Hello, summer! I’m ready for some heat. But what about my vehicle?
As the first official day of summer approaches – Tuesday, June 21 – and I begin to think about an upcoming family vacation, I find myself making a safety checklist. You can use this list as a guide to help your coworkers, loved ones and friends prepare for travel, too.
Are they worn or improperly inflated? Hot temperatures can contribute to tire blowouts.
- Be sure to keep a spare in your vehicle and make sure it is properly inflated
- Using the built-in wear indicators, replace tires with uneven or excessive wear
- Drive around potholes when possible
Here are some simple things you can do on your own between full-service maintenance visits to keep your engine running smoothly:
- Fill your engine coolant, and check hoses and belts for signs of blisters, cracks and wear
- Check your oil level or change your oil following vehicle manufacturer instructions
- Consider packing extra coolant or oil in your vehicle’s trunk or storage compartment
- Pull over immediately if your engine is overheating
Slow down and take in the sights. You’re on vacation!
- Drive the speed limit to reduce wear on your vehicle; hot weather can tax your engine
- Keep an emergency kit in your vehicle; be sure it includes water and a phone charger
- Map your route and set your GPS before you depart, and allow time for breaks to rest and eat
- Be sure to start the trip well rested
More people are out walking in summer months, and many of them are distracted. Be on the lookout.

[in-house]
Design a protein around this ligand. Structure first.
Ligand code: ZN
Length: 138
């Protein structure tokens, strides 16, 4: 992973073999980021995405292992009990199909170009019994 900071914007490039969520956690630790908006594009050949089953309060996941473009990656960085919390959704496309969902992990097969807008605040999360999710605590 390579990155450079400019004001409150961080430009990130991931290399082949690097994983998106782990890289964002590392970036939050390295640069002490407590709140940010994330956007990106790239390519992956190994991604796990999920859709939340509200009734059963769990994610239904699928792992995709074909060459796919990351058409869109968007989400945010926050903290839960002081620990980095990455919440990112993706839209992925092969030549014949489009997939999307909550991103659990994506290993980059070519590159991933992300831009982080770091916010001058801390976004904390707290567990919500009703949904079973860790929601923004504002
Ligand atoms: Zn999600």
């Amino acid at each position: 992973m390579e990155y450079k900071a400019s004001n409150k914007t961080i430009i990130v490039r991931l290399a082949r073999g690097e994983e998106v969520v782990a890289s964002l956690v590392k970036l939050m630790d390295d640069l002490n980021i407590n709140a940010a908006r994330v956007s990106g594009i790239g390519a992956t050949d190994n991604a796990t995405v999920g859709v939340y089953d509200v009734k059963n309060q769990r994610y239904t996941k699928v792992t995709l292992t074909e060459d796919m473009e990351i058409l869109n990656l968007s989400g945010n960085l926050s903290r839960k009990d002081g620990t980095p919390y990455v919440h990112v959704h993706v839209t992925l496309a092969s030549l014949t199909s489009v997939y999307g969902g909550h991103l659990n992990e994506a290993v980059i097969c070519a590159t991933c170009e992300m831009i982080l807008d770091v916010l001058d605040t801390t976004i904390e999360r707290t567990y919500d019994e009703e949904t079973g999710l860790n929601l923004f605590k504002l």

- Stop for pedestrians in crosswalks
- Never pass a vehicle stopped at a crosswalk
More people ride bikes in the summer, too, whether for exercise and recreation, or to and from work to save on fuel costs. Bicycles have a low profile and riders can be difficult to see.
- Give bicyclists at least 3 feet of clearance when passing
- Be aware when getting in or out of a parked car; you don’t want to open the door and knock a bicycle rider off course
- Understand bicycle rules and share the road; it’s for everyone to use
Road construction increases in the summer. Be alert for lane closures and shifts. Obey all signs, and watch out for workers.
- Sunglasses aren’t just a cool accessory; they prevent the sun’s glare from interfering with your vision
- Never drink and drive
- Summer can bring severe storms and flooding – even a small rainfall can make roads slippery – so be sure to check weather conditions before heading out
- Check your windshield wipers; the sun is hard on them, and you don’t want to get caught in a rainstorm with bad wipers
- Never leave a child or a pet inside a parked vehicle for any amount of time; a vehicle can heat to deadly temperatures within minutes.
While you are vacationing, be reminded that the summer heat can take a toll on your body – and your vehicle. Have fun and be safe.
– DeAnn Crane is a program manager with the National Safety Council